ACT chooks and charity

cb60 5 December 2010

Ok, thought I’d post some info for all the backyard enthusiasts out there and to let you know we have 150 chooks ready for rehoming now at 12 each with 2 going to ACT eden monaro cancer support group.

Hens begin their ovulating life cycle as early as 18 weeks and are called pullets or point of lay and their eggs are usually quite small at this stage although some also lay twins early on. In any case only about 10-20% are laying at this early age and then they keep increasing until they reach the peak of their lifetime ovulating cycle at 32 weeks of age when you get about 90% laying. But if you are lucky all of them will lay under the right circumstances and especially in a backyard system where they are fussed over.

Once they reach 80 weeks of age the percentage laying tapers off to between 60-70% and many commercial farms will either remove the flock or induce a molt by placing them on a fast for a few weeks to renew their cycle and percentages will increase for a short period. I don’t believe in this!!
Though we had a mite outbreak here and it had the same effect where during their recovery egg increases were noted regardless of age.

My mum who ran an organic free range system for many years would pass on her older hens to us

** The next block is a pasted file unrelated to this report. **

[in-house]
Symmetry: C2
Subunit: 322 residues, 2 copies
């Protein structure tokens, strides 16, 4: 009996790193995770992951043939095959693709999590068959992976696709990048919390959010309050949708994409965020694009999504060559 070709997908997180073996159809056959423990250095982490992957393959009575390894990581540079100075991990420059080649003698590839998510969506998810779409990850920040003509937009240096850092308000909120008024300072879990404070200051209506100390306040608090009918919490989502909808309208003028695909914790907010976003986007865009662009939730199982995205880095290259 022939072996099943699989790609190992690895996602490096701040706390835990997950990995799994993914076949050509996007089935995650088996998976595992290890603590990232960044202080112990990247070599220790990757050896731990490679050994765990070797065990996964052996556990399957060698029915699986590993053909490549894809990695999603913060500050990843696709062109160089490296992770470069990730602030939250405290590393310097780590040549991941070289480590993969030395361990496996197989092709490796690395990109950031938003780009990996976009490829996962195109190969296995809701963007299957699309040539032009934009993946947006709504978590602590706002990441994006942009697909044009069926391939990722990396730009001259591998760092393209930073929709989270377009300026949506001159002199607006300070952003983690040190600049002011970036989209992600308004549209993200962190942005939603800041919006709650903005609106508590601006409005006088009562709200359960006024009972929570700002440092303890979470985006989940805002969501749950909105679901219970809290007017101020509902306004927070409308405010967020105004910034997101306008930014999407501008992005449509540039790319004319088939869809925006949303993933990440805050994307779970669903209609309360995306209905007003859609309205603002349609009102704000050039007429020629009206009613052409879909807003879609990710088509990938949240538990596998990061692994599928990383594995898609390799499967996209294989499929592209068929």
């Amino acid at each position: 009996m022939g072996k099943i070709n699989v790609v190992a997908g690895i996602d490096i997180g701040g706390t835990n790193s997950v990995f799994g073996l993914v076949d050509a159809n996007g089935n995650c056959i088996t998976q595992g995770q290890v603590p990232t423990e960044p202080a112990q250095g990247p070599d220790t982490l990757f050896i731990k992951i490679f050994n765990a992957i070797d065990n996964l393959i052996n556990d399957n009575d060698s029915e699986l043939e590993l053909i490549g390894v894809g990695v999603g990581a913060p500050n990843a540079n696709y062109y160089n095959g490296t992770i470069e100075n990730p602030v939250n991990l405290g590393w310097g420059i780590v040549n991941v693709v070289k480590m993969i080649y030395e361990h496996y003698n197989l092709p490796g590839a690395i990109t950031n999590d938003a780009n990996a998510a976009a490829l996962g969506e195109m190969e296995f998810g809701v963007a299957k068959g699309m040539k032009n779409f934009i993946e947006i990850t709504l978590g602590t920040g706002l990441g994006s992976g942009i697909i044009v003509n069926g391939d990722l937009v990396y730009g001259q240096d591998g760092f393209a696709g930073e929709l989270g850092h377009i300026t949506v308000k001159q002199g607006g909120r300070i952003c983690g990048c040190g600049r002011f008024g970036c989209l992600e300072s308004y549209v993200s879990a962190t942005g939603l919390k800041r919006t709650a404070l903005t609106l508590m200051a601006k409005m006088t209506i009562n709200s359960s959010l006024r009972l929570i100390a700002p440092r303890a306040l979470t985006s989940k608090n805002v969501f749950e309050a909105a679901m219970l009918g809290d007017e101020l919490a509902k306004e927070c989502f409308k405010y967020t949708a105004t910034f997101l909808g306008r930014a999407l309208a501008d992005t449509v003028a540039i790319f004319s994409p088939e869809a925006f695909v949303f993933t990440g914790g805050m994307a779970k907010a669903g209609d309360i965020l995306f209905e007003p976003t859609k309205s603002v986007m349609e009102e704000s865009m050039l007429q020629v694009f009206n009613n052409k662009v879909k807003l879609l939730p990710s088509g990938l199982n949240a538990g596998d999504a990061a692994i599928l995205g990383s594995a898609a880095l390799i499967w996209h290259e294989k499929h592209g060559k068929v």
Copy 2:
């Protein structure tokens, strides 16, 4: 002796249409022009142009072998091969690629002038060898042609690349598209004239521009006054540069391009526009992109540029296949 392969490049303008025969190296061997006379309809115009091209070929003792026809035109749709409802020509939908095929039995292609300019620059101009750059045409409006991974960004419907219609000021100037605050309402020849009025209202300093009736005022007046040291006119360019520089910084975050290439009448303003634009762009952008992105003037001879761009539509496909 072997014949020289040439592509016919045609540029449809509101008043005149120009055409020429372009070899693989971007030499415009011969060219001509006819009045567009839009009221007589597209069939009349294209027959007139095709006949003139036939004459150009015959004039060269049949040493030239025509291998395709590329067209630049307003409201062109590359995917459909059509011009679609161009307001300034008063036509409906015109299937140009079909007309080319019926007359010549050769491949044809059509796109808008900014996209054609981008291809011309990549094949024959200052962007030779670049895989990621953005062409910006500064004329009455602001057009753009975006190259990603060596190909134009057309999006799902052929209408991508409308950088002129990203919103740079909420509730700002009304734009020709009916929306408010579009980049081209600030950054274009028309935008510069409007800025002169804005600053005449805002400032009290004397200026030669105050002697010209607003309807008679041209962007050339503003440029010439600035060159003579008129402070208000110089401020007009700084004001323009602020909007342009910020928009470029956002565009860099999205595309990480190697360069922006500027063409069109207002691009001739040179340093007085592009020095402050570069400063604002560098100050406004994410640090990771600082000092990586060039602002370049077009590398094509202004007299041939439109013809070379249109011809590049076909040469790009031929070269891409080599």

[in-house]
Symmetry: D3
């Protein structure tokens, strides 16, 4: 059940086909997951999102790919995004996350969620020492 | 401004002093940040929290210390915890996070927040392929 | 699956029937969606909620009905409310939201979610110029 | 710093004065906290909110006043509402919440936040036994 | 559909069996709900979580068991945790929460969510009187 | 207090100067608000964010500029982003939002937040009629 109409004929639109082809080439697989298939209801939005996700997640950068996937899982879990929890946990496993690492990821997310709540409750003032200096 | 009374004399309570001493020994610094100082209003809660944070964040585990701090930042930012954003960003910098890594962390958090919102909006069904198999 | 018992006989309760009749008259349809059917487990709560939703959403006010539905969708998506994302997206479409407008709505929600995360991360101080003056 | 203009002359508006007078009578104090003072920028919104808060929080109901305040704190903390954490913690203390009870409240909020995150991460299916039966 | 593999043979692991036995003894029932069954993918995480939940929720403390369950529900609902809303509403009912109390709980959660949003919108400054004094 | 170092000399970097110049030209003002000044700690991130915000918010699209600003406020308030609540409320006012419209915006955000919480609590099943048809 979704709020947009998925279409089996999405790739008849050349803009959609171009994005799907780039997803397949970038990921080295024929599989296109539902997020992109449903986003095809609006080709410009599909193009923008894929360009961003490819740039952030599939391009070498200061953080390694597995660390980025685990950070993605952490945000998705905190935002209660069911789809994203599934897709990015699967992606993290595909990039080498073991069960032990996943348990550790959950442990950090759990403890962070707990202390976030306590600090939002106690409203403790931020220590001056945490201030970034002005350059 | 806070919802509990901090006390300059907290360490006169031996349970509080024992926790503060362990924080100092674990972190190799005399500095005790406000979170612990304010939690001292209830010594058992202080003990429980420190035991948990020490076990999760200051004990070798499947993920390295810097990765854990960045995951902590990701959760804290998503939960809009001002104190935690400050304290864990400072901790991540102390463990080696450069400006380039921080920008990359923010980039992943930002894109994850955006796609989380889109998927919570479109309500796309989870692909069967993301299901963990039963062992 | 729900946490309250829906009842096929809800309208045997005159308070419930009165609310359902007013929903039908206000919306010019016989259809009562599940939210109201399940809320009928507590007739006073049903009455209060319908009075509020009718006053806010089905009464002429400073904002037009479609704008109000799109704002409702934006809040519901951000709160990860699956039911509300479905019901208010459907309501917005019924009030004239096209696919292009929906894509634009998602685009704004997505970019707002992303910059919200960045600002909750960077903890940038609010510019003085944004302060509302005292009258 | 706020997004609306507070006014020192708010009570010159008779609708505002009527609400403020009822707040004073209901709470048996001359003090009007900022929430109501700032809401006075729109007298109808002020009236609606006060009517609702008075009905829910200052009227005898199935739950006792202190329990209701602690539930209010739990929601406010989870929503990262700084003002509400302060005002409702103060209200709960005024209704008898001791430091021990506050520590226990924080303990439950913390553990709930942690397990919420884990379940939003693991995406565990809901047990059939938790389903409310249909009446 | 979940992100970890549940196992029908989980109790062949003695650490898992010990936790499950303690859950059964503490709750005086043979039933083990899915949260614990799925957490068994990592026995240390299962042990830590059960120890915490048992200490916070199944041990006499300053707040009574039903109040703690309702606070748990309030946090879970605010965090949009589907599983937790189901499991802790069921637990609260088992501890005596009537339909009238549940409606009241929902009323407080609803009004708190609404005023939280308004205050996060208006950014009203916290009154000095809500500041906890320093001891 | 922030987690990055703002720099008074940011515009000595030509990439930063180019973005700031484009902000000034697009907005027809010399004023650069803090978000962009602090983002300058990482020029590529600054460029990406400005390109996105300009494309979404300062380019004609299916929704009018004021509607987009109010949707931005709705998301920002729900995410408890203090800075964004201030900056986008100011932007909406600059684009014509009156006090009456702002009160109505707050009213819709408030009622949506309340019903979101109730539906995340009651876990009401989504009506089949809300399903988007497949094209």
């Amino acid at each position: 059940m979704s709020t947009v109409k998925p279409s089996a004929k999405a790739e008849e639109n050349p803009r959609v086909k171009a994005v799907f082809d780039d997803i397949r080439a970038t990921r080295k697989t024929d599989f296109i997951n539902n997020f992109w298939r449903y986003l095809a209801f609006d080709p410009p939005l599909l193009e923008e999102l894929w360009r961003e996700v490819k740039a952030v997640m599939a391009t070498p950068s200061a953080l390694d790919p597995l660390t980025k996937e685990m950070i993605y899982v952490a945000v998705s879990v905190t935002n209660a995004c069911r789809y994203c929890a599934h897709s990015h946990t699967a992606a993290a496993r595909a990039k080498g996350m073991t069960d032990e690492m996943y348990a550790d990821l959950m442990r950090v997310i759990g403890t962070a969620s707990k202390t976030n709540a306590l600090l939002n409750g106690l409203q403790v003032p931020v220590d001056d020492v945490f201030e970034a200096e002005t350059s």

when we wanted them and I was surprised to see how long they laid. Three year olds and they’d lay
beautifully for another two- three years! Some people have had luck for even longer. Usually a chook is dead from illness or a predator before laying stops.

The thing people forget is egg laying is the sex life of a chook! This is why we buy hi-sex commercial layers but then give them a free range organic life style. As the bulk of the community want
what’s best for the chook like supporting the rspca by re-homing older dogs and cats- people will sometimes think to give a well deserved chook a retirement home to support local farmers and
stop unnecessary butchering. If everyone were to get them as pullets not only do they pay a higher price but then it’s like throwing out perfectly good paper for new. Personally, if the day comes when my only choice is to butcher the small number of chooks we have out here to make way for new layers in order to keep the business running, I will look for something else to do!

So next time you think of chooks, think of chooks and charity and please make contact.

Charlie
www.ingebra.com


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